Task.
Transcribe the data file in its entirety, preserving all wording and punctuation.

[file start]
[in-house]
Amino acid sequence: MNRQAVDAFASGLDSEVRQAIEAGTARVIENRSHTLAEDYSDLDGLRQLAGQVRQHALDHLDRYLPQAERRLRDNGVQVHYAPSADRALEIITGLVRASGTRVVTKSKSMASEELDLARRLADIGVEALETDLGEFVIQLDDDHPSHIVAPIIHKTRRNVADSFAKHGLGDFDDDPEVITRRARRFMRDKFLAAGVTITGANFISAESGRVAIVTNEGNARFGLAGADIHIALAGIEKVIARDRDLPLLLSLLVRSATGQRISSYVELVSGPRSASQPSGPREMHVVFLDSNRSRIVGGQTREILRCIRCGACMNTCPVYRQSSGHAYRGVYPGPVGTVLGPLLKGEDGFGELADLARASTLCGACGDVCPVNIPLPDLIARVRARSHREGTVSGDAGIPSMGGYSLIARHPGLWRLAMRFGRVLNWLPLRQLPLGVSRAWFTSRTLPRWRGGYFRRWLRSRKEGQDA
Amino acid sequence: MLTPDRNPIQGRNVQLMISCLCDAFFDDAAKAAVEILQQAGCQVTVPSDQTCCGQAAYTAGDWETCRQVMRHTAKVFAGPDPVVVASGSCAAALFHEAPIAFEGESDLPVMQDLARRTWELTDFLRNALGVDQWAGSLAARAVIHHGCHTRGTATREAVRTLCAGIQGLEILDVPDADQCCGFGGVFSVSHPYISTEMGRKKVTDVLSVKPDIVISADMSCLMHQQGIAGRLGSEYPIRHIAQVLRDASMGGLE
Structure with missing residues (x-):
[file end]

[in-house]
Amino acid sequence: MNRQAVDAFASGLDSEVRQAIEAGTARVIENRSHTLAEDYSDLDGLRQLAGQVRQHALDHLDRYLPQAERRLRDNGVQVHYAPSADRALEIITGLVRASGTRVVTKSKSMASEELDLARRLADIGVEALETDLGEFVIQLDDDHPSHIVAPIIHKTRRNVADSFAKHGLGDFDDDPEVITRRARRFMRDKFLAAGVTITGANFISAESGRVAIVTNEGNARFGLAGADIHIALAGIEKVIARDRDLPLLLSLLVRSATGQRISSYVELVSGPRSASQPSGPREMHVVFLDSNRSRIVGGQTREILRCIRCGACMNTCPVYRQSSGHAYRGVYPGPVGTVLGPLLKGEDGFGELADLARASTLCGACGDVCPVNIPLPDLIARVRARSHREGTVSGDAGIPSMGGYSLIARHPGLWRLAMRFGRVLNWLPLRQLPLGVSRAWFTSRTLPRWRGGYFRRWLRSRKEGQDA
Amino acid sequence: MLTPDRNPIQGRNVQLMISCLCDAFFDDAAKAAVEILQQAGCQVTVPSDQTCCGQAAYTAGDWETCRQVMRHTAKVFAGPDPVVVASGSCAAALFHEAPIAFEGESDLPVMQDLARRTWELTDFLRNALGVDQWAGSLAARAVIHHGCHTRGTATREAVRTLCAGIQGLEILDVPDADQCCGFGGVFSVSHPYISTEMGRKKVTDVLSVKPDIVISADMSCLMHQQGIAGRLGSEYPIRHIAQVLRDASMGGLE
Structure with missing residues (x-):